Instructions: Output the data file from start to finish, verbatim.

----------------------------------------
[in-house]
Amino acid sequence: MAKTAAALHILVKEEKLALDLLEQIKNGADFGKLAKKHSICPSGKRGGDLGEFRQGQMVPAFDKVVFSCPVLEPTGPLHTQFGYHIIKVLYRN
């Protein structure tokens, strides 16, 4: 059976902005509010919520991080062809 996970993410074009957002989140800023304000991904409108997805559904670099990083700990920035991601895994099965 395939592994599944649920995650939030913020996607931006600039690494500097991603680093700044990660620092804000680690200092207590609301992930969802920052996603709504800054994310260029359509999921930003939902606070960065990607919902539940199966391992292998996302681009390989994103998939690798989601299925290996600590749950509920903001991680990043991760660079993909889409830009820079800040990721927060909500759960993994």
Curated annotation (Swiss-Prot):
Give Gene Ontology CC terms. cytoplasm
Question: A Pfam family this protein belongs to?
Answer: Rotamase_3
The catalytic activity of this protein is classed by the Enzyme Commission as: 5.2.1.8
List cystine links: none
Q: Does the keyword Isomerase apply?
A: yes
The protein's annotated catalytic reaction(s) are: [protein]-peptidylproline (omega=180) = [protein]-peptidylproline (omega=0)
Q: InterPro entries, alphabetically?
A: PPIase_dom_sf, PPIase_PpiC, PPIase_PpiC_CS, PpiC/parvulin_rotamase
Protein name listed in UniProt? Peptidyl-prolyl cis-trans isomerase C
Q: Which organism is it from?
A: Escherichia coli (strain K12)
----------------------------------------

[in-house]
Amino acid sequence: MAKTAAALHILVKEEKLALDLLEQIKNGADFGKLAKKHSICPSGKRGGDLGEFRQGQMVPAFDKVVFSCPVLEPTGPLHTQFGYHIIKVLYRN
């Protein structure tokens, strides 16, 4: 059976902005509010919520991080062809 996970993410074009957002989140800023304000991904409108997805559904670099990083700990920035991601895994099965 395939592994599944649920995650939030913020996607931006600039690494500097991603680093700044990660620092804000680690200092207590609301992930969802920052996603709504800054994310260029359509999921930003939902606070960065990607919902539940199966391992292998996302681009390989994103998939690798989601299925290996600590749950509920903001991680990043991760660079993909889409830009820079800040990721927060909500759960993994």
Curated annotation (Swiss-Prot):
Give Gene Ontology CC terms. cytoplasm
Question: A Pfam family this protein belongs to?
Answer: Rotamase_3
The catalytic activity of this protein is classed by the Enzyme Commission as: 5.2.1.8
List cystine links: none
Q: Does the keyword Isomerase apply?
A: yes
The protein's annotated catalytic reaction(s) are: [protein]-peptidylproline (omega=180) = [protein]-peptidylproline (omega=0)
Q: InterPro entries, alphabetically?
A: PPIase_dom_sf, PPIase_PpiC, PPIase_PpiC_CS, PpiC/parvulin_rotamase
Protein name listed in UniProt? Peptidyl-prolyl cis-trans isomerase C
Q: Which organism is it from?
A: Escherichia coli (strain K12)